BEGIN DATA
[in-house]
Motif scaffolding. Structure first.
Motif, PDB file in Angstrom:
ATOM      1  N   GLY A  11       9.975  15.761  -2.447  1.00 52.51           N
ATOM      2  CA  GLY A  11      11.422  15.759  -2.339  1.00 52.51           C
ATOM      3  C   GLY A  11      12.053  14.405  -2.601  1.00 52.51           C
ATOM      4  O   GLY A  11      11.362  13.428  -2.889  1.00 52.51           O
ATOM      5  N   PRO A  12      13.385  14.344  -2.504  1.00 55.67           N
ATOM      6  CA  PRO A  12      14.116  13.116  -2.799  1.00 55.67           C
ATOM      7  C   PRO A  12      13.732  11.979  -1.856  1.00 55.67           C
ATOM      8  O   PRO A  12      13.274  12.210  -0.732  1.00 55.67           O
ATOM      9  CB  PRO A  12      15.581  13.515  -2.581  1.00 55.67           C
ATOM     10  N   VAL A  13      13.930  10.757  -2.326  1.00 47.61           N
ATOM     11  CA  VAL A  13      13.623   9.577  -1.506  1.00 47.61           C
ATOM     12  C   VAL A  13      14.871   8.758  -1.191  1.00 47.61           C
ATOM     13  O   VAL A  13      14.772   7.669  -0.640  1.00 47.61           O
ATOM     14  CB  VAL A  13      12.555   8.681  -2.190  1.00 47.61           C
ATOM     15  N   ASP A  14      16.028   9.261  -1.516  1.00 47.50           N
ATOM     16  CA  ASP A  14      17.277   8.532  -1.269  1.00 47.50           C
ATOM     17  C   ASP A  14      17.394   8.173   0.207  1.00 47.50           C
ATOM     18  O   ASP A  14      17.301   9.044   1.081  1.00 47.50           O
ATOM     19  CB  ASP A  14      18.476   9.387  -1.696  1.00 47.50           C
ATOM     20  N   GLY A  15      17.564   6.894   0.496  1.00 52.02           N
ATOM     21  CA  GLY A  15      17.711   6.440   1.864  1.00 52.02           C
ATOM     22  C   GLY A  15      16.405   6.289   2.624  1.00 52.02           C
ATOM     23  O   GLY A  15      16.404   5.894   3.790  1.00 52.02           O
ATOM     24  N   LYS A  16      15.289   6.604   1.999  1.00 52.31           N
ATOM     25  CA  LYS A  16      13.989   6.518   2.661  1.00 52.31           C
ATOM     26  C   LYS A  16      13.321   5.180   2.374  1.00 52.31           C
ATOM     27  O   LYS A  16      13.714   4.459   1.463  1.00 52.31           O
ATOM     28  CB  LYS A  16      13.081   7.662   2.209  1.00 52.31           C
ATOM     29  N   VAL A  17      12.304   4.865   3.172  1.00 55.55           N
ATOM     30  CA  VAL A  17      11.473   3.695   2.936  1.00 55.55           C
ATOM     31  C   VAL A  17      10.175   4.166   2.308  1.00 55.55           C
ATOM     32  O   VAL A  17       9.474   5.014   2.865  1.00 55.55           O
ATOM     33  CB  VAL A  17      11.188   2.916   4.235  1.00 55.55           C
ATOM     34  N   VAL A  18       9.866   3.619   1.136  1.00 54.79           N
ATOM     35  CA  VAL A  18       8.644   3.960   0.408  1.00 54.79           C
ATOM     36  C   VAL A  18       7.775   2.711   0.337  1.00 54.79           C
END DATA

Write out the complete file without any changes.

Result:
[in-house]
Motif scaffolding. Structure first.
Motif, PDB file in Angstrom:
ATOM      1  N   GLY A  11       9.975  15.761  -2.447  1.00 52.51           N
ATOM      2  CA  GLY A  11      11.422  15.759  -2.339  1.00 52.51           C
ATOM      3  C   GLY A  11      12.053  14.405  -2.601  1.00 52.51           C
ATOM      4  O   GLY A  11      11.362  13.428  -2.889  1.00 52.51           O
ATOM      5  N   PRO A  12      13.385  14.344  -2.504  1.00 55.67           N
ATOM      6  CA  PRO A  12      14.116  13.116  -2.799  1.00 55.67           C
ATOM      7  C   PRO A  12      13.732  11.979  -1.856  1.00 55.67           C
ATOM      8  O   PRO A  12      13.274  12.210  -0.732  1.00 55.67           O
ATOM      9  CB  PRO A  12      15.581  13.515  -2.581  1.00 55.67           C
ATOM     10  N   VAL A  13      13.930  10.757  -2.326  1.00 47.61           N
ATOM     11  CA  VAL A  13      13.623   9.577  -1.506  1.00 47.61           C
ATOM     12  C   VAL A  13      14.871   8.758  -1.191  1.00 47.61           C
ATOM     13  O   VAL A  13      14.772   7.669  -0.640  1.00 47.61           O
ATOM     14  CB  VAL A  13      12.555   8.681  -2.190  1.00 47.61           C
ATOM     15  N   ASP A  14      16.028   9.261  -1.516  1.00 47.50           N
ATOM     16  CA  ASP A  14      17.277   8.532  -1.269  1.00 47.50           C
ATOM     17  C   ASP A  14      17.394   8.173   0.207  1.00 47.50           C
ATOM     18  O   ASP A  14      17.301   9.044   1.081  1.00 47.50           O
ATOM     19  CB  ASP A  14      18.476   9.387  -1.696  1.00 47.50           C
ATOM     20  N   GLY A  15      17.564   6.894   0.496  1.00 52.02           N
ATOM     21  CA  GLY A  15      17.711   6.440   1.864  1.00 52.02           C
ATOM     22  C   GLY A  15      16.405   6.289   2.624  1.00 52.02           C
ATOM     23  O   GLY A  15      16.404   5.894   3.790  1.00 52.02           O
ATOM     24  N   LYS A  16      15.289   6.604   1.999  1.00 52.31           N
ATOM     25  CA  LYS A  16      13.989   6.518   2.661  1.00 52.31           C
ATOM     26  C   LYS A  16      13.321   5.180   2.374  1.00 52.31           C
ATOM     27  O   LYS A  16      13.714   4.459   1.463  1.00 52.31           O
ATOM     28  CB  LYS A  16      13.081   7.662   2.209  1.00 52.31           C
ATOM     29  N   VAL A  17      12.304   4.865   3.172  1.00 55.55           N
ATOM     30  CA  VAL A  17      11.473   3.695   2.936  1.00 55.55           C
ATOM     31  C   VAL A  17      10.175   4.166   2.308  1.00 55.55           C
ATOM     32  O   VAL A  17       9.474   5.014   2.865  1.00 55.55           O
ATOM     33  CB  VAL A  17      11.188   2.916   4.235  1.00 55.55           C
ATOM     34  N   VAL A  18       9.866   3.619   1.136  1.00 54.79           N
ATOM     35  CA  VAL A  18       8.644   3.960   0.408  1.00 54.79           C
ATOM     36  C   VAL A  18       7.775   2.711   0.337  1.00 54.79           C